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Now that the first school bell has rung in the academic year, many parents—especially parents of younger children—worry about students’ wellness. However, you can help keep your student healthy by arming yourself and your child with information about ways to avoid illness. After all, illness can lead to absence, which can have a direct impact on the learning process.

With children being in close quarters every day, conditions are favorable for the spread of communicable diseases, such as respiratory illnesses, colds and the flu. Perhaps the simplest thing students can do to prevent spreading germs from person to person is to wash their hands frequently and thoroughly. The Texas Department of State Health Services recommends:

  • Scrubbing your hands for about 20 seconds, using warm water and soap
  • Drying your hands with a clean, disposable towel
  • Using an alcohol-based hand cleaner when soap and water are not available

Most importantly, make sure students wash their hands before eating, or touching their mouth, nose and eyes. Students should also avoid sharing things that may contain respiratory germs, such as food, eating utensils, drinking glasses,lipstick and towels.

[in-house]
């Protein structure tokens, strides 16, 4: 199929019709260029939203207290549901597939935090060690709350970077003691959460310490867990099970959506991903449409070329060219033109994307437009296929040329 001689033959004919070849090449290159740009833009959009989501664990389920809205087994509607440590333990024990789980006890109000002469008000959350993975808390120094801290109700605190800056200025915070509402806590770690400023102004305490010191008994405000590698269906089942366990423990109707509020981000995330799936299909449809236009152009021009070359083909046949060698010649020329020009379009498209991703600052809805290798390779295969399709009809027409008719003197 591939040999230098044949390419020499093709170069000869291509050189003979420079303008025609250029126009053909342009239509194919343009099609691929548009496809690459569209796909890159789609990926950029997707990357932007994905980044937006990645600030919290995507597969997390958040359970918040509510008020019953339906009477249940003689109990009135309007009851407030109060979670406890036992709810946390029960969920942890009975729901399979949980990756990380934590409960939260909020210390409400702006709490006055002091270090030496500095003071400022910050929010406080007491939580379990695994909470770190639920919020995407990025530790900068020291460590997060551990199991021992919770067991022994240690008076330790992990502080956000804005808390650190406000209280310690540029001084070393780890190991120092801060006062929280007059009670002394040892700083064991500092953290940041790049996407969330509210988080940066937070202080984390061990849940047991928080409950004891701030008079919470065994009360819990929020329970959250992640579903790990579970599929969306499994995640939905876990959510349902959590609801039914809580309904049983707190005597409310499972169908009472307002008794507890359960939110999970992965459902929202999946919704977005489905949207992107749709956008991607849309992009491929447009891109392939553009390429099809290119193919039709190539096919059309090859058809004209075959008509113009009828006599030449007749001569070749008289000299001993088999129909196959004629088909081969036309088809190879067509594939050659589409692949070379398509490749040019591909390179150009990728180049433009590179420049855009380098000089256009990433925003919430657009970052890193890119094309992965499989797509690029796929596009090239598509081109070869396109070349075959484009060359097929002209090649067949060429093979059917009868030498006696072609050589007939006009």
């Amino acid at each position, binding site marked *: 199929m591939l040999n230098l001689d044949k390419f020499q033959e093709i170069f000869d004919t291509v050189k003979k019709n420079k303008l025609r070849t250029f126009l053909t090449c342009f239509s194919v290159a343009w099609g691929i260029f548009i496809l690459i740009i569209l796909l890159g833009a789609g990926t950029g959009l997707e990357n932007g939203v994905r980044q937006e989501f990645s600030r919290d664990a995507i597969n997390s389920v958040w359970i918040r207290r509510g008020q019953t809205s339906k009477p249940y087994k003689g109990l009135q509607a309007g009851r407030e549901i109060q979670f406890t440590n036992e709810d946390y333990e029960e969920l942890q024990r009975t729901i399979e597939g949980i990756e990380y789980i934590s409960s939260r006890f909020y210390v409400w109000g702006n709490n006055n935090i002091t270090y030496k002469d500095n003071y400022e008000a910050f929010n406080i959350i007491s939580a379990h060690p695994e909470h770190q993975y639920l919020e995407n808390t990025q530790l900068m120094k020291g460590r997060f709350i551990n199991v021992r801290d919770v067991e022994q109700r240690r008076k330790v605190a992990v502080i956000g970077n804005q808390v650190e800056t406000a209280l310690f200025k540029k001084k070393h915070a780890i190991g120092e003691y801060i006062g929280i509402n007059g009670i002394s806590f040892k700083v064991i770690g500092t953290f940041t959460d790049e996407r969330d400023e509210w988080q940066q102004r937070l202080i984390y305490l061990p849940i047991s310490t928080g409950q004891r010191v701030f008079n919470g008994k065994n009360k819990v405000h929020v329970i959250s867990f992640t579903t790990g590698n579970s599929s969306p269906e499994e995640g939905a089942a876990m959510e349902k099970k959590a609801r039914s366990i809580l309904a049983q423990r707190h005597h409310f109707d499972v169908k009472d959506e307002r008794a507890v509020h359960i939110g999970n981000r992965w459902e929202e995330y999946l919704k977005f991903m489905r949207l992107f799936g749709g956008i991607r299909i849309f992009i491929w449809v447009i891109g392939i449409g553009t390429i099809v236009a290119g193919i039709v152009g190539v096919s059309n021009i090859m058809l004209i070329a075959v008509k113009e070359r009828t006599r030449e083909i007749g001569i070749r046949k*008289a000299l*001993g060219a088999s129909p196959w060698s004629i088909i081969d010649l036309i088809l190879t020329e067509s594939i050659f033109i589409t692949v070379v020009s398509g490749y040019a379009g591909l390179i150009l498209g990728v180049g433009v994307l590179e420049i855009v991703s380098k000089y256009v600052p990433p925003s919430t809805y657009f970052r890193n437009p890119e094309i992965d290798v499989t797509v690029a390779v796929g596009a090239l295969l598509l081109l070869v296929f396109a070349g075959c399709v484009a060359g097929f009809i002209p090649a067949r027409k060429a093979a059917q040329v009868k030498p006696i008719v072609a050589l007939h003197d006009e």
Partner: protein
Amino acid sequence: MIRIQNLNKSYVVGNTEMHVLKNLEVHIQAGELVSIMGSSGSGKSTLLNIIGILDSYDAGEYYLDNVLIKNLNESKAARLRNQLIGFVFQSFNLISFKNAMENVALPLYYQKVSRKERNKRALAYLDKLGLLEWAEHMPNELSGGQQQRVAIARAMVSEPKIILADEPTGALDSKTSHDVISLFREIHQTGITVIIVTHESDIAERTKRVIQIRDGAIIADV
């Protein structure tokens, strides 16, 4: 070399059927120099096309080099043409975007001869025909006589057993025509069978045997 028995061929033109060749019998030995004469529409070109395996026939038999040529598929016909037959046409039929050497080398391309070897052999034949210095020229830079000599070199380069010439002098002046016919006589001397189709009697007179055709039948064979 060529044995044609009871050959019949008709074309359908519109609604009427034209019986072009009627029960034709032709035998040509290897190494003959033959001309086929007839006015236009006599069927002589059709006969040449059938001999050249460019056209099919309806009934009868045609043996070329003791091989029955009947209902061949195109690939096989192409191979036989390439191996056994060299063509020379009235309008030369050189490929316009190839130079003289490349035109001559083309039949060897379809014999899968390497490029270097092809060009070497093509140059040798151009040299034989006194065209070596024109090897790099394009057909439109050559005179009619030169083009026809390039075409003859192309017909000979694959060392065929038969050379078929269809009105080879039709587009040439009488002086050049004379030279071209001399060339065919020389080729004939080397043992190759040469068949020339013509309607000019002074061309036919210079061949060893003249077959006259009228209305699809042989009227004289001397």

Remind kids to cover their mouth and nose with a tissue (not a handkerchief) every time they sneeze, blow their nose or cough. If one is not available, they should cough or sneeze into their elbow or upper sleeve.

If your children do get sick and develop a fever, keep them home until they are cleared by a physician to return to school. Because many viruses can survive for hours outside the body, cleaning household surfaces with a virus-killing disinfectant can help prevent the spread of infection among siblings at home.

Additionally, ensure your child is up to date on all vaccines (if your student was allowed to register and attend school this year, he or she is likely current on all immunizations, as students in public schools cannot attend classes without proper immunization, unless they are exempt).

Finally, make sure your child gets plenty of rest. According to the Centers for Disease Control and Prevention, elementary school-age children need 10 to 11 hours of sleep per night, while children between the ages of 10 and 17 need about eight or nine hours of sleep.

While taking these precautions won’t guarantee an illness-free school year, it can considerably lessen the likelihood a child will get sick—and help ensure your student is performing at his or her optimal level.

–James Balarbar, M.D., is the medical director at St. David’s Urgent Care Circle C

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